Thursday, October 8, 2009

10 ways to save money...

Here's a list I found on to create some saving habits -

1. Plan for your goals and invest your money in the correct assets. Take professional help, if needed. Put the investments on auto pilot like a SIP, RD etc. That is what works best for most people. This will ensure that you can spend only the rest.
2. Understand how much you are spending by tracking the expenses. You will be surprised how much you’re spending on the “misc” head
3. Don’t borrow to spend. Credit card spends ensures that you do precisely that. Use a debit card instead.
4. Buy most provisions for a month at one go. You’ll end up spending less time, effort and money.
5. Do focused shopping. Write out what you want buy, buy that and head for the exit. Don’t take children with you on these occasions. They fill the shopping cart with unwanted fluff.
6. Don’t buy unwanted items or in huge quantity, just because there is some offer.
7. Don’t buy a toy due to your guilt that you are unable to spend enough time with your child. Try and find the time instead. You child wants you, not another toy.
8. Stop spending on that item, once you reach the limit in that month. For instance, if your entertainment allowance for the month is Rs 3,000 and that is spent by the middle of the month, then it needs to be dal-chawal and TV for the rest of the month.
9. Same goes for fuel. Long drives and excursions on weekends are out, once the fuel limit for the month is breached.
10. Don’t switch on the AC by force of habit. Use AC as required. Switch off fans/ lights and other appliances, when no one is around. In many households, TV is on, irrespective of whether someone is watching or otherwise.

Wednesday, June 24, 2009

On growth in India...

Yesterday evening, I went out to the local "dhaba" in the neighbourhood for dinner. Incidentally, while I was still eating, a father and two children arrived on the same table as mine. The father was wearing a shirt on which PepsiCo was embroiderd and was clearly visible.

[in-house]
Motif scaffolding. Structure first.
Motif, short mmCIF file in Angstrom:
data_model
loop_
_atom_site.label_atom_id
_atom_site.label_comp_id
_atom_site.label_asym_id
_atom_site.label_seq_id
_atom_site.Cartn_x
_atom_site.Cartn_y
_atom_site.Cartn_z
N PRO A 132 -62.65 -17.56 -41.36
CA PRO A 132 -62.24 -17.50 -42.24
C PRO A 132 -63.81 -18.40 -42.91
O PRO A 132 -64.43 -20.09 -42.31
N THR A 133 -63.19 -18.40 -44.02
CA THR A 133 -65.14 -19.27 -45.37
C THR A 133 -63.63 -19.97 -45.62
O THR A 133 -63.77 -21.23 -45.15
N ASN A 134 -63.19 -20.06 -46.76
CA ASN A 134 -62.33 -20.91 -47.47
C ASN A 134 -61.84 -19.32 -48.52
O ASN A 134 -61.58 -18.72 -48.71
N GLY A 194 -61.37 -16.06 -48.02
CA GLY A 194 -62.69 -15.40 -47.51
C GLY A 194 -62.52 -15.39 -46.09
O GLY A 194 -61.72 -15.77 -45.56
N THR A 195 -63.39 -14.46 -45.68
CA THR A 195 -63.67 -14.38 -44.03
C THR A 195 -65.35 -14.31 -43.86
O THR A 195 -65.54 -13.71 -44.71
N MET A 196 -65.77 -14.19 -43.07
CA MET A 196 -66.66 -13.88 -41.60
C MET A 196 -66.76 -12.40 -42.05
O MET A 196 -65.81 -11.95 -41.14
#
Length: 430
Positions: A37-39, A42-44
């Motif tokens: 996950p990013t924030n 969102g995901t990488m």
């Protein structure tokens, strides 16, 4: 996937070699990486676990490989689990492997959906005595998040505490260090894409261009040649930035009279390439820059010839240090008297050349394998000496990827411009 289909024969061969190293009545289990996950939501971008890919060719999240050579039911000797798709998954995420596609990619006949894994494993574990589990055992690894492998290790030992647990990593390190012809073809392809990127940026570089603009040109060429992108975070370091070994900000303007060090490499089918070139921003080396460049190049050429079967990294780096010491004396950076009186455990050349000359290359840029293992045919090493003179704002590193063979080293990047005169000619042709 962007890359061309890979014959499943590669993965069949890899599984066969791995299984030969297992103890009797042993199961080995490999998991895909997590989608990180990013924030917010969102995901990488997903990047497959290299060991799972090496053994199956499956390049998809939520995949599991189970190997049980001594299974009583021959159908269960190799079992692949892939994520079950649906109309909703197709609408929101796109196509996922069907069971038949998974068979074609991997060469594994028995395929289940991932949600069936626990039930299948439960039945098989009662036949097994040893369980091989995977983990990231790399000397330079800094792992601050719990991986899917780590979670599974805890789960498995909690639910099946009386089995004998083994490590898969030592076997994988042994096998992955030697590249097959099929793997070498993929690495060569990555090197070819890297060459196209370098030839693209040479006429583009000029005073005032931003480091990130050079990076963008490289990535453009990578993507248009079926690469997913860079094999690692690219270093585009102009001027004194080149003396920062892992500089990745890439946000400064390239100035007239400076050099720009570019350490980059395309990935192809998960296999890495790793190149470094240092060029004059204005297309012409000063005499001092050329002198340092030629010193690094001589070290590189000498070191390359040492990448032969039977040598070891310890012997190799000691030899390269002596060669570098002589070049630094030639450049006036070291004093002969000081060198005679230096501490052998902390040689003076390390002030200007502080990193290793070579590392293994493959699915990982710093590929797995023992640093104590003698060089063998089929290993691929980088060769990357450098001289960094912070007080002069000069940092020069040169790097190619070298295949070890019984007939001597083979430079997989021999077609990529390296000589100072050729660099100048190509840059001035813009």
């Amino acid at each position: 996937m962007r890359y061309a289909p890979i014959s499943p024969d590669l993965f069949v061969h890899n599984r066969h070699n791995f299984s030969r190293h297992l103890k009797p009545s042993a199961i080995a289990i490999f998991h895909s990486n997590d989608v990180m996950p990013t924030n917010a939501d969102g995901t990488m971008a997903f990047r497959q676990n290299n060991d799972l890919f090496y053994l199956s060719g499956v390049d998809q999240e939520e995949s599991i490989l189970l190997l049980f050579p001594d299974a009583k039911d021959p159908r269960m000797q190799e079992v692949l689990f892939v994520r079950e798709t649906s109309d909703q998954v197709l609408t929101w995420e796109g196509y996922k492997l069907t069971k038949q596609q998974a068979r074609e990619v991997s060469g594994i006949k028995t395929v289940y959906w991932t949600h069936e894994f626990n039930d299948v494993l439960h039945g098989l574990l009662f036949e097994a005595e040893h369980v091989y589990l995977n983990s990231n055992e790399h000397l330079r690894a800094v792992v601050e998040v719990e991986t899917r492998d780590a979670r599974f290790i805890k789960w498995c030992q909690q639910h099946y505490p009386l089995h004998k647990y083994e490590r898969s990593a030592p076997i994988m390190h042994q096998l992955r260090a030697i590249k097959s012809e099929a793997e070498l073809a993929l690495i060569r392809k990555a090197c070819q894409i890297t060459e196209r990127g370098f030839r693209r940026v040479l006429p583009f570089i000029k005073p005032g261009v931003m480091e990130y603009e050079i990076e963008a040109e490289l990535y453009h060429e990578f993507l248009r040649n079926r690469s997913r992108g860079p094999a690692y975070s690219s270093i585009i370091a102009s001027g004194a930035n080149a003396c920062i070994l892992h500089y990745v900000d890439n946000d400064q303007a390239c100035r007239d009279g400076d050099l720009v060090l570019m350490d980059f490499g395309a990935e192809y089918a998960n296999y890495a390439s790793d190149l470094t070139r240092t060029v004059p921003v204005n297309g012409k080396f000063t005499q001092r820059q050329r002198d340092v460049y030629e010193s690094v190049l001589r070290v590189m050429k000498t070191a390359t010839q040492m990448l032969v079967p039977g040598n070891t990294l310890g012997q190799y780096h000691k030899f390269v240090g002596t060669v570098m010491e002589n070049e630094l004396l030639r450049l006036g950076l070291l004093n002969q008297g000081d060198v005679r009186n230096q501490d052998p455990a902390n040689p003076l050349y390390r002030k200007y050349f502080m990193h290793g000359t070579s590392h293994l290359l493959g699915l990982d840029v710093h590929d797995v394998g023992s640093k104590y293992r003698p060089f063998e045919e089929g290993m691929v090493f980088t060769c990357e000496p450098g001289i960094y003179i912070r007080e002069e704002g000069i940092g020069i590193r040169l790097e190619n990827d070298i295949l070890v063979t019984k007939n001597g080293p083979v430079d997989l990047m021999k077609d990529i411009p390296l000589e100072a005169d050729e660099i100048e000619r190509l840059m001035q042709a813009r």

They ordered two items - half plate each - and one "Naan". Seeing three people (father and two kids) ordering only one Naan, the waiter even asked, "only one ?", but the father was sure.. "Yeah, one for the moment".

I already had started thinking. From the appearances (and I agree that they can be very very deceptive), they looked like people not doing great financially. From the look, gestures, and other behavioural traits that I could monitor, I felt that the kids had been asking for going out to eat for a while and today was the chosen day that father agreed to take them out. Most probably the mother was home and did not come along to save some.

Of course this theory can be wrong, very wrong in-deed. But, if its true, to me it represents precisely the way I see the growth of Indian economy. Its growing, but not universally, as in everybody is growing. Only a select few are growing, and rest are almost where they were. Thus, widening the gap that was there a few years ago between sections of Indian society.

Or perhaps everyone is growing, at different paces. Some are outpacing the inflation and therefore are visibly financially well off, others who are growing, but perhaps not as much as the world around them are growing, therefore lagging behind the society around them, even though they are doing better than they were doing earlier.

This little family that I saw, fits into the mould nearly perfectly. The father was working with PepsiCo.. a MNC from all parameters, represents a bit of growth in itself. I would presume, better working conditions, perhaps a better salary as well. The kids were wearing relatively flashy clothing, which by my personal viewpoint, was not the quality concious choice, but a trend based choice. So, yes they are doing better than a few years, but not as good as the system/society around them demands to be.

Then, I was reading an article in mint ( financial daily of The Hindustan Times) by Niranjan Rajadhyaksha entitled "Poor arent lifeless bricks". In there, writer referred to a research done by some social scientists around the financial planning done by the poor people to get through life in such costly world.

One of the inferences of the study was that most of the people fell into poverty due to medical costs or social reasons like family breakup etc. These reasons are really very real, as in real life situations that happen all the time around us. Something similar was found in an study taken up in US a well. I have come across really few articles/studies coming back with reasons as real as this one.

I guess, its time for Dr Manmohan Singh's new government to do something about the "inclusive growth" they talked about...

good luck India...